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Get Saucy: Make Dinner A New Way Every Day With Simple Sauces, Marinades, Dressings, Glazes, Pestos, Pasta Sauces, Salsas, And More (Non) Paperback – February 10, 2005
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From Publishers Weekly
Parisi, a chef and writer for Food & Wine magazine, goes far beyond garden variety ketchup- and barbecue-based sauces in this compendium of flavorful recipes. Though she includes versions of those too, the bulk of her book is taken up by more unusual vinaigrettes, pestos and dessert sauces. She takes her inspiration from all over the world, showing that the French don't have a monopoly on inspired flavor combinations. On a two-page spread, recipes for marinades from Turkey, Tuscany, Vietnam and Latin America appear, all giving simple takes on ways to spice up various meats. Most of the ingredients are readily available, with the exception of a few Middle Eastern and Asian specialty items, and the instructions are easy to follow, though they do require some cooking knowledge, particularly for main-dish recipes like Turkey with Roasted Shallot-Teriyaki Gravy. Parisi introduces each recipe with a short note about appropriate ways to serve the sauce or tips on preparation; other helpful hints pop up in boxes throughout, addressing such dilemmas as how to keep gravy warm and lump-free or how best to freeze pesto. Cooks who want to take their meals to another level without learning a whole new repertoire of full-fledged dishes will find this book to be a great resource.
Copyright © Reed Business Information, a division of Reed Elsevier Inc. All rights reserved. --This text refers to an out of print or unavailable edition of this title.
A comprehensive book that is full of ideas to help cooks broaden their repertoires. -- Winston-Salem Journal
All [recipes] offer new ideas for the dinner table . . . The variety of her recipes is stunning. -- Providence Journal
Full of concise recipes and expert tips. -- New York Times
The recipes are easy to understand and execute . . . The results are well balanced and satisfying. -- San Francisco Chronicle --This text refers to an out of print or unavailable edition of this title.
Top customer reviews
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I have always enjoyed making sauces and salad dressings, but I usually just threw something together and hoped it tasted like I wanted it to. This book just overwhelmed me with the possibilities.
I have only made a few of the recipes so far, but everything has turned out very well. I made the mustard bechamel to go with the roast duck my family had on New Year's Day and I got rave reviews. Since the basic bechamel recipe makes about 4 cups, and I only needed 1 cup for the mustard sauce, I used the excess to make the Spinach-Pignoli Pesto Lasagne recipe included in the book. The only modification I made to the recipe was eliminating the raisins from the pesto - no one in my family cares for them. While the lasagne blorped a bit in the oven, it tasted delicious. I'd maybe up the ricotta content for next time, but that's a minimal issue.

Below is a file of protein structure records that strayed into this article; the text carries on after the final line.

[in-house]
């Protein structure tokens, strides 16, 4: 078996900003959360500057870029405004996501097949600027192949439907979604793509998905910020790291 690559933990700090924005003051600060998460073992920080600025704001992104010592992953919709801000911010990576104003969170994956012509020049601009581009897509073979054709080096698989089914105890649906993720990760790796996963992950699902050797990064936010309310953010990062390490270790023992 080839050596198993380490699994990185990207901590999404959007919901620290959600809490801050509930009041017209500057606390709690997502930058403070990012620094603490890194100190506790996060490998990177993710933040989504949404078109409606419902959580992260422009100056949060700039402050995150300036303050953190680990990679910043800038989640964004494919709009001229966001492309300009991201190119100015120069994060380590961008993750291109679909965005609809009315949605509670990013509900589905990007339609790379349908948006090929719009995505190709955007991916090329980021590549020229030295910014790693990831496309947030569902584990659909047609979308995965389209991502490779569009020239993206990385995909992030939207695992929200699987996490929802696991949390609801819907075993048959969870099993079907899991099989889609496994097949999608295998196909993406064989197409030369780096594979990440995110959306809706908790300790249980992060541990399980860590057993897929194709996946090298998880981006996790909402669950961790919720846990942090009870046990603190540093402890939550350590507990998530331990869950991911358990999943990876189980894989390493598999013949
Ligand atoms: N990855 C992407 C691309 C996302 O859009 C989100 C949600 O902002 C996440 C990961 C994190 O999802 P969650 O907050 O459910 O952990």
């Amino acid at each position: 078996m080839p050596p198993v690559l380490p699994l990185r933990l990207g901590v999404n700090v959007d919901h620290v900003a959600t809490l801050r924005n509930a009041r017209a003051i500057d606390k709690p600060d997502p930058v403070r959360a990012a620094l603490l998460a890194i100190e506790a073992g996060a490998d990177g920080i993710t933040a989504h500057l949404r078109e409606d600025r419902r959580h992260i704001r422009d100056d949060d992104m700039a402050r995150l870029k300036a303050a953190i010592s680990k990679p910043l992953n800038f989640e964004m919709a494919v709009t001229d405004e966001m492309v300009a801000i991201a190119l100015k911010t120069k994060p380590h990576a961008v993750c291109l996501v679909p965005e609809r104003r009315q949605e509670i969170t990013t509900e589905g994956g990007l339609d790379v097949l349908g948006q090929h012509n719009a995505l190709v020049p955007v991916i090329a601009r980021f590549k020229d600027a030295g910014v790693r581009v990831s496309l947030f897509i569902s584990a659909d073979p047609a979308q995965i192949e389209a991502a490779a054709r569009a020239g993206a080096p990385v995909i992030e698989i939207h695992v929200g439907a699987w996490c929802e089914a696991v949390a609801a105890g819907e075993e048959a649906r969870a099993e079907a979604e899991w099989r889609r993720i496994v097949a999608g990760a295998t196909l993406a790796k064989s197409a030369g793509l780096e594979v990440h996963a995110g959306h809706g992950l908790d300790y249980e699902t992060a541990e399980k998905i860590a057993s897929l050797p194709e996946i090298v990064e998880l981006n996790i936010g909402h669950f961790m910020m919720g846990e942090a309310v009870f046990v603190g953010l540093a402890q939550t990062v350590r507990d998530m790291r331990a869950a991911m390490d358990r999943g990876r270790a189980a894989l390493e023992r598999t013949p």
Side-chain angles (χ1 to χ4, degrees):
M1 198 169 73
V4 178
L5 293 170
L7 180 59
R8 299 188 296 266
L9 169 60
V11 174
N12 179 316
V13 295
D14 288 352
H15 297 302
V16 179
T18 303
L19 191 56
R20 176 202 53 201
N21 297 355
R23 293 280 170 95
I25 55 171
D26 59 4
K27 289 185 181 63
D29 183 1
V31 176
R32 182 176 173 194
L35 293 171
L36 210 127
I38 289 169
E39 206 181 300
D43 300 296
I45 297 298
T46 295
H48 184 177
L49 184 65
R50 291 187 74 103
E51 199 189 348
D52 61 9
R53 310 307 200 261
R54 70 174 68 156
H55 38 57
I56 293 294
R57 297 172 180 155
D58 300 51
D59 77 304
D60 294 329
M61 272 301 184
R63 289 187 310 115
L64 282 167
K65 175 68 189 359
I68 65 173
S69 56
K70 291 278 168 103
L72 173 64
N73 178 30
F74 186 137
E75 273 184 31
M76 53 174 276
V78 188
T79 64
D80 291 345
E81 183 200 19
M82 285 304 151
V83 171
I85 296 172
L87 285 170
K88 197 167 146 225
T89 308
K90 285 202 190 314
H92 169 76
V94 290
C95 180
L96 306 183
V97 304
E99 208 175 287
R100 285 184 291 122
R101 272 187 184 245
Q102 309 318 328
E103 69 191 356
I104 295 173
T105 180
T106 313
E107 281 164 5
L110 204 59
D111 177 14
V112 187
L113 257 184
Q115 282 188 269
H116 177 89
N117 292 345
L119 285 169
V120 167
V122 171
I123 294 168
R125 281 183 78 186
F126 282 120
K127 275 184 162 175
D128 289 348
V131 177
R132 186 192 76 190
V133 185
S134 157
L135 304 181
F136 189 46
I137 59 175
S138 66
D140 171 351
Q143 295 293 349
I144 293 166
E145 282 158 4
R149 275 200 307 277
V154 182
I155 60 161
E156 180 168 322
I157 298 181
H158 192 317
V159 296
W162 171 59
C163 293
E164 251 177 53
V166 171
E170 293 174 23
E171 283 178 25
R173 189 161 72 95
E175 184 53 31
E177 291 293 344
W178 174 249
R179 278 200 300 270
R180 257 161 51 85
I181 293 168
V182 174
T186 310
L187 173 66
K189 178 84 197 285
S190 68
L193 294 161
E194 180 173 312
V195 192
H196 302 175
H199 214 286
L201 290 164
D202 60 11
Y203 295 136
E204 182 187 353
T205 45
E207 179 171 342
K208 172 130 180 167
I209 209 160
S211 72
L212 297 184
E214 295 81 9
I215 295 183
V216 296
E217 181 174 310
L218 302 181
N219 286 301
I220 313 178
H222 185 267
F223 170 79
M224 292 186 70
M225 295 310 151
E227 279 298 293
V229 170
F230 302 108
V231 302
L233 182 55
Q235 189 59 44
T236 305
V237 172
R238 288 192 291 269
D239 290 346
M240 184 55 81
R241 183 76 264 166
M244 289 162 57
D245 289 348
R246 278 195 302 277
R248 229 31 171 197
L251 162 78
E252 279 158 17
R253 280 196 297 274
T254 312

I'd give the book a 5-star rating, but I haven't made enough of the sauces/pestos/marinades to properly judge how easy or hard all the recipes are. I'll admit the bechamel was a bit work-intensive, but the end results were totally worth it. I am definitely looking forward to making each and every recipe in this book.
UPDATE 10Sept2010: I spent most of the summer making BBQ sauces and had similar successes. I do, however, have beef with the section which contains "hot sauces". There is a single hot sauce recipe, and while I'm sure it's delicious, it is still a single recipe. I felt a bit betrayed. *sniff. Who ever thinks that Bible will let them down?
Ms. Parisi's book would not suffer much in comparison with Peterson's work if Parisi had not gone too far in simplifying great classic recipes, possibly in the interests of making recipes easier for the amateur cook. But then, this means that you think you are getting a pedigreed dog when you are actually getting a half-breed. The best example I found of this is in the comparison of Parisi and Peterson's recipes for `beurre blanc', French for `white butter', a relatively simple, extremely useful sauce of butter flavored with shallots, wine, and vinegar. The great value of this sauce is that it is a relatively crude emulsion similar to a vinaigrette which can be whipped back into shape easily instead of going through a lot of high maintenance procedures to bring back mayonnaise or hollandaise. It is most notable in being the darling of `nouvelle cuisine' because it was much lighter than bechamel or veloute. I say all this to emphasize that cutting corners in the presentation of this sauce is a more serious shortcoming of this book than one may think.